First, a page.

5.) Record your submission: Start a spreadsheet, log it in Duotrope or The Submission Grinder, whatever you have to do to remind yourself that it’s out there.  Why?  Well, you don’t want to accidentally send it out if you’ve got it in a market that doesn’t allow simultaneous submissions.  (We’ll talk more about the pluses and minuses of sim subs at a later date, put a pin in that.)  You also want to know when is a good time to query if you haven’t heard back.  And why track on those sites?  Well, you’re contributing to an open-source resource that will help other authors get a good gauge on the publication’s timeline and rate of acceptance.  Be kind, share your data.

6.) Query: If you haven’t heard back past the expected time, don’t freak out.  More often than not, it means they love your story and are still thinking about it.  Or they might be really behind.  When you did your research you should’ve made a note as to how long their turn around time is (most publishers list this.)  If it’s past that date (expected rate of return: two weeks, it’s been a month) feel free to send a note asking how it’s coming along.  Always check your spam filter to make sure you didn’t miss a note from them first.  Check it afterwards to make sure their response didn’t get lost.  This will help both you and the publisher keep track of your piece.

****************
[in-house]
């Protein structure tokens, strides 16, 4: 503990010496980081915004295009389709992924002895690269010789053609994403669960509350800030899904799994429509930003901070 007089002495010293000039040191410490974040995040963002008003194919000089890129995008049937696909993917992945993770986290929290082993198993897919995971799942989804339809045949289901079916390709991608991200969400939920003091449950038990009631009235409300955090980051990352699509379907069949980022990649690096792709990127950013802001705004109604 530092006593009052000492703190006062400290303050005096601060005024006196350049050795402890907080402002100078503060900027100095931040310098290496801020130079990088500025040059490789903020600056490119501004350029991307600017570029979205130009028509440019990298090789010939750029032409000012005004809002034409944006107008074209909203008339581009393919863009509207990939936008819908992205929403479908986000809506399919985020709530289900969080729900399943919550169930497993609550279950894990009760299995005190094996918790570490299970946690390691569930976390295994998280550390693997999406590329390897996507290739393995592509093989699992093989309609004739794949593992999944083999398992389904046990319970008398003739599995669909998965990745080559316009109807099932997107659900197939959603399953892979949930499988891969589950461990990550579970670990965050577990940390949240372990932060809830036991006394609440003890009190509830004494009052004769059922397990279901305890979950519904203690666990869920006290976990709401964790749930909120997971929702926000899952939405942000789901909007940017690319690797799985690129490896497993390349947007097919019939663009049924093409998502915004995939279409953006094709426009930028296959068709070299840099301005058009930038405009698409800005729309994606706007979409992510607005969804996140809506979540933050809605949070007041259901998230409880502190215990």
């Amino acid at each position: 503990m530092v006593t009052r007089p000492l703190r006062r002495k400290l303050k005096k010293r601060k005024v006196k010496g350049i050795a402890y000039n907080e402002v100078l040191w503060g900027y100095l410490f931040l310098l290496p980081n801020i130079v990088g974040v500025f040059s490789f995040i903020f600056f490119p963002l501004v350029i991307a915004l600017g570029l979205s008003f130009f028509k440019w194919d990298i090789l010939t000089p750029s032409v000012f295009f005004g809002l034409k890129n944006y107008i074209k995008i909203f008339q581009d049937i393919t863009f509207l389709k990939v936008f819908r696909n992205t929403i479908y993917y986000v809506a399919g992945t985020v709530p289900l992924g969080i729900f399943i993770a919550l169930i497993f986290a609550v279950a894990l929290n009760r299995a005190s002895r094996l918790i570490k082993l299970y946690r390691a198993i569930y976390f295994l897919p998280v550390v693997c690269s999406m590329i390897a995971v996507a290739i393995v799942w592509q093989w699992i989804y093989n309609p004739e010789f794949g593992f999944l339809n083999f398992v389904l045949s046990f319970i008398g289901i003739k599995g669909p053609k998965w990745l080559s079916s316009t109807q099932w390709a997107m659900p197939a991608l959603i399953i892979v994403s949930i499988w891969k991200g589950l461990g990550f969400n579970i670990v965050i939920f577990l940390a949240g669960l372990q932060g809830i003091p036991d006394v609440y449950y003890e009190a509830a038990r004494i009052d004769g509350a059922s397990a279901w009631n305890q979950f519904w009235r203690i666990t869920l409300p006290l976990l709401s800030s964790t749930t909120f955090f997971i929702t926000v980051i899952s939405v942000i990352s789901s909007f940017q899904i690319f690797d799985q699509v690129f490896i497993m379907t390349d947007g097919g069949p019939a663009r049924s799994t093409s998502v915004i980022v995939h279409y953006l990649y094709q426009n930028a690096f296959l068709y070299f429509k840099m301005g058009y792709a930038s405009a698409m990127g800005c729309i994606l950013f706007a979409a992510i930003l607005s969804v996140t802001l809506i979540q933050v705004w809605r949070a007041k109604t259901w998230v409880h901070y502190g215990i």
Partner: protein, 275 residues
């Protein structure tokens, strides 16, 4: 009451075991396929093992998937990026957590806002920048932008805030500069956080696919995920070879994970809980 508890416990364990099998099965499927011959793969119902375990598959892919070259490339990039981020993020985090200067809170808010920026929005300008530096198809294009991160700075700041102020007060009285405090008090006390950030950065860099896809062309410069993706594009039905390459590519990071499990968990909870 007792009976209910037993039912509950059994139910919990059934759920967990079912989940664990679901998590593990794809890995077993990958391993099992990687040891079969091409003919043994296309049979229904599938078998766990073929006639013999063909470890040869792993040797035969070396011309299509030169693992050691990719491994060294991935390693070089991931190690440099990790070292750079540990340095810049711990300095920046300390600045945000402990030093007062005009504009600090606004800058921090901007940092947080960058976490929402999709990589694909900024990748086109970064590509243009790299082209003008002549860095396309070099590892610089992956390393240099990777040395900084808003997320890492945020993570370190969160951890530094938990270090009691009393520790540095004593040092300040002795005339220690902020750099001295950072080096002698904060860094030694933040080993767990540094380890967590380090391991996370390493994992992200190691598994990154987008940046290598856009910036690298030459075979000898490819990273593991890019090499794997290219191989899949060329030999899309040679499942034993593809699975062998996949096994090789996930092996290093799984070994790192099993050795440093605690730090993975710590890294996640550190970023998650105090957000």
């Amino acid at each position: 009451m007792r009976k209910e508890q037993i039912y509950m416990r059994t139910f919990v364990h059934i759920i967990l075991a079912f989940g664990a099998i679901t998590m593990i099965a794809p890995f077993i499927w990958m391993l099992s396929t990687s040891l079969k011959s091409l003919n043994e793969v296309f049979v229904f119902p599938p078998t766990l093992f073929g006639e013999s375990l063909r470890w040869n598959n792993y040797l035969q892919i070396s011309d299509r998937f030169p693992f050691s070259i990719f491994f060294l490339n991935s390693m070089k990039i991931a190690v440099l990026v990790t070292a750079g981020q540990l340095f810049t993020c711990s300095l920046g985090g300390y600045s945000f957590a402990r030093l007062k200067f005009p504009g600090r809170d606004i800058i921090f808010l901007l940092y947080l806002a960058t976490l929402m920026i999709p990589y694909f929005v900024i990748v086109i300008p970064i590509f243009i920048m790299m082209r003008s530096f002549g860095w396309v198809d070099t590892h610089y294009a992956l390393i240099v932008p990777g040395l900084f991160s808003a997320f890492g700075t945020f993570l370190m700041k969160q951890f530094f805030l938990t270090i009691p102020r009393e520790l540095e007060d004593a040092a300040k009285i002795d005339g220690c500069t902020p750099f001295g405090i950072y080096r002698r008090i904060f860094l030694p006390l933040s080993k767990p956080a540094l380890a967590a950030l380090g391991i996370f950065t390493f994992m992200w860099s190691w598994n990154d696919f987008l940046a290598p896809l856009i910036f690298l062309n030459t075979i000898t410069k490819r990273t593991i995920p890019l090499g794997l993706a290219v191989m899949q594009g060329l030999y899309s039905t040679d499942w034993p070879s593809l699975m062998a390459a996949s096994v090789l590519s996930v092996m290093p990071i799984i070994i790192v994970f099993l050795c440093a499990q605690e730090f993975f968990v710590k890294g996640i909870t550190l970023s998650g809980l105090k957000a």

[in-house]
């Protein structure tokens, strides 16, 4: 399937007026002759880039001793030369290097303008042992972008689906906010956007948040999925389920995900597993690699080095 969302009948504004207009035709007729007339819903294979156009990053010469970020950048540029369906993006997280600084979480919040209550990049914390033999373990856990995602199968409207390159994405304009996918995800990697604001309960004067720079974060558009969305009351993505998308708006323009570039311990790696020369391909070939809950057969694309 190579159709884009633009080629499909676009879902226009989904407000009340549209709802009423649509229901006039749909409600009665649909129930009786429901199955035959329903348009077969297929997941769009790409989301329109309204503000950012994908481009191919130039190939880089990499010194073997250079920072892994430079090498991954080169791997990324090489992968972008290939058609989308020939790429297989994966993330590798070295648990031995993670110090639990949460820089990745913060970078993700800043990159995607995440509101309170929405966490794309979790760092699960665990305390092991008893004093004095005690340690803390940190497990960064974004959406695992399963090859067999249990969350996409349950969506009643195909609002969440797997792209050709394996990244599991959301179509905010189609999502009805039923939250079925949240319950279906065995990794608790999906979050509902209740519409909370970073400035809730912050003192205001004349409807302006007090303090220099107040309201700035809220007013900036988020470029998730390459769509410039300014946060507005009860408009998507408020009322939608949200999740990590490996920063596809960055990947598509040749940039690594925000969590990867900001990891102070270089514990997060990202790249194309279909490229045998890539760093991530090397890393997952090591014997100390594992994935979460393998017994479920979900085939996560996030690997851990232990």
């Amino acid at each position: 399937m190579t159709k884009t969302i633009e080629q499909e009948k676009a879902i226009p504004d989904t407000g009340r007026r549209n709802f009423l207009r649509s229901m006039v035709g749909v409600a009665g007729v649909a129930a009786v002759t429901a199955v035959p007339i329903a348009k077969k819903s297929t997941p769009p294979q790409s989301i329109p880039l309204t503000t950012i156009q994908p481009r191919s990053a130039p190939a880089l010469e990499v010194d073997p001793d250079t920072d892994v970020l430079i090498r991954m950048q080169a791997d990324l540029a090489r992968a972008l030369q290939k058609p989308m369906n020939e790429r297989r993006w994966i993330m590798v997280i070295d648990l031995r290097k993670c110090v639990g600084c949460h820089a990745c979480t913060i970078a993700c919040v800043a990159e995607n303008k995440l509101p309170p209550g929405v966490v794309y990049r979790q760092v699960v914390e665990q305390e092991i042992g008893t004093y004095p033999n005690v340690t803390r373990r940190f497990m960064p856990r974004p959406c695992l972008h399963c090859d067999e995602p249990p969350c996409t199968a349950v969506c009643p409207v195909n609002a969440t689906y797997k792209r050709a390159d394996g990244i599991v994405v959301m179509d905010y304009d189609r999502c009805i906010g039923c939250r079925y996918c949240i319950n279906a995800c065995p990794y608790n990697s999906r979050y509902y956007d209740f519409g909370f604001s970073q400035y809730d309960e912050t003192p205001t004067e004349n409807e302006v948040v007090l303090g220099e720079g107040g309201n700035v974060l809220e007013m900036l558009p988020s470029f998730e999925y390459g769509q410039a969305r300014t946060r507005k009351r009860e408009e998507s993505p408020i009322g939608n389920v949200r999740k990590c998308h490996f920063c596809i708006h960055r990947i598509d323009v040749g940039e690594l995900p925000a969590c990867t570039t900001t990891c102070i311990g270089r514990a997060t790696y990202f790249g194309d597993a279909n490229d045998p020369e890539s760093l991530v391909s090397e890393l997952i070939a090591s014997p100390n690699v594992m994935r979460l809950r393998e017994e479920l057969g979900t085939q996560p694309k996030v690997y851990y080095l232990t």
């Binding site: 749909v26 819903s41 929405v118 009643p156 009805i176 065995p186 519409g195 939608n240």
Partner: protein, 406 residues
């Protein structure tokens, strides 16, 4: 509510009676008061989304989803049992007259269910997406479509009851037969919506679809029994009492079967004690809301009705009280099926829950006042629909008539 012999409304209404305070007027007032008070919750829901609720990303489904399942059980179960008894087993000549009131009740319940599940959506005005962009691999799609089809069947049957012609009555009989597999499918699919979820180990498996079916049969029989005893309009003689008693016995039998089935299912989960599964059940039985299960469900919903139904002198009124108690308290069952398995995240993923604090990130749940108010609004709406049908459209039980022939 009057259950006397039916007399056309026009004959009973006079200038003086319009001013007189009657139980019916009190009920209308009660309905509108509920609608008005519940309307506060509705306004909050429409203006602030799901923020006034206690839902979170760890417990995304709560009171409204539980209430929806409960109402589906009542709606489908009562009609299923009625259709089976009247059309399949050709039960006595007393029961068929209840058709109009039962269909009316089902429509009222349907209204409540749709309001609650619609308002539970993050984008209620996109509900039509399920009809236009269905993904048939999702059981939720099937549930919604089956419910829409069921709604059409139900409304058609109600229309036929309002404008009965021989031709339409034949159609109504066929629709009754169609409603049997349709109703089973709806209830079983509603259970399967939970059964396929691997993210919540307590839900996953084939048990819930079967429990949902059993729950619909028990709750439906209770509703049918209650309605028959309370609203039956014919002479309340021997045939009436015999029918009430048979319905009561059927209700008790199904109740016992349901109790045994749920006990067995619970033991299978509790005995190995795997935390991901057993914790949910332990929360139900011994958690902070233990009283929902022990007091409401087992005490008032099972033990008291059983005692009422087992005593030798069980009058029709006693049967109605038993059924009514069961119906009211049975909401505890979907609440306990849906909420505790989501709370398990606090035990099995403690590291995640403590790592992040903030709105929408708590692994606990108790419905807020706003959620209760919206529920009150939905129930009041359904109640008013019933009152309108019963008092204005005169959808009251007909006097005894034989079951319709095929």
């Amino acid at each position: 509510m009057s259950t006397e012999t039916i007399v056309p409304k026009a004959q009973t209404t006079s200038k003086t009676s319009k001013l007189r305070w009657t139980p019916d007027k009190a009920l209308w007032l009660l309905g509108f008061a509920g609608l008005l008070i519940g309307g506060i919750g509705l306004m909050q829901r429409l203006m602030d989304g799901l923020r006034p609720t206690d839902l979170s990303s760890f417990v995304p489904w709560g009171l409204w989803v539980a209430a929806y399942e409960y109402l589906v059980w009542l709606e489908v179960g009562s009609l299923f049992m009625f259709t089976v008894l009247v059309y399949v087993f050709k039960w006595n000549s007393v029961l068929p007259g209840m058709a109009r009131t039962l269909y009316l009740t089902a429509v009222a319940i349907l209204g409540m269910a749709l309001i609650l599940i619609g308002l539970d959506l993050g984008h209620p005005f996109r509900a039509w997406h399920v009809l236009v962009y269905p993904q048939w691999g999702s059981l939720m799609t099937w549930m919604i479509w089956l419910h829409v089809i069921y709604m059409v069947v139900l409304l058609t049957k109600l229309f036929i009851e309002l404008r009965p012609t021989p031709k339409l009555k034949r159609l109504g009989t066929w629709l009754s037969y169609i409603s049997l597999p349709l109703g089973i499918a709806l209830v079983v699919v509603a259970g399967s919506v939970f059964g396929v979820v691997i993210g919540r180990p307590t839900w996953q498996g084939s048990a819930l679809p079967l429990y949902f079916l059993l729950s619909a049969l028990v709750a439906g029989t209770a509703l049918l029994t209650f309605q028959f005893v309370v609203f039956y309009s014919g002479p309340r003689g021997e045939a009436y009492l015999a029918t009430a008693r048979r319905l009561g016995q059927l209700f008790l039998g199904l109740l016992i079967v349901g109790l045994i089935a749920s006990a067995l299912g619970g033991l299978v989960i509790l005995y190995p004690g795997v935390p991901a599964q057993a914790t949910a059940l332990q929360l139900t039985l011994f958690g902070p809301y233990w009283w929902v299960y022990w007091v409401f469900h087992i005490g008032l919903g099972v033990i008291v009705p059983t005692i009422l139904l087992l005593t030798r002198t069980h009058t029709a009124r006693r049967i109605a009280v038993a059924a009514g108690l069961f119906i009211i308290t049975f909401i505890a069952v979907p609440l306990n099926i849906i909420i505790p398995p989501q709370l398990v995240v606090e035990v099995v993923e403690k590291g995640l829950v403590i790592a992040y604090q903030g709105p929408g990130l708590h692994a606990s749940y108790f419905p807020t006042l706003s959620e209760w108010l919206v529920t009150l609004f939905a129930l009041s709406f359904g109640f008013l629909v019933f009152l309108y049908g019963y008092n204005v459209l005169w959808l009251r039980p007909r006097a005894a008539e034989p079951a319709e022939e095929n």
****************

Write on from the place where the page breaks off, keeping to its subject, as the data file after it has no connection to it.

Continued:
And, that’s about it!  I could go into more detail about each of these bullet points, but this is more of a reminder about how-to rather than an in-depth look.  If you’re hungry for more details, I highly recommend Rejectomancy’s articles on submission procedure for further reading.

Happy Submitting!

Better Left Unsaid

God damn it. Not another one.

I peeled the post-it note off the empty space between lock and door handle. When we were first married they were loving reminders scattered like rose petals in the apartment: Have a good day! Love you! Then came the passive-aggressive instructions: Don’t forget the milk! By the end the neon scraps of paper were terse expletives decorating our ruined marriage.

This one was blank. Her disapproval didn’t need words anymore. I crumpled it with one hand and stuck it in my pocket. My suitcase bumped my knees as I dragged it into the hall.

Publisher’s Spotlight: Splickety Publishing

It’s a three-for-one Publisher’s Blue-Light Special Edition!  I’d like to introduce you to Splickety Publishing Group, which offers several different magazines with upcoming themes.  Luckily, each imprint publication has the same general guidelines, so I decided to group them all together instead of doing them separately.  It’s for the best, but it also means I’ve got quite a few links below.  Let’s take a closer look: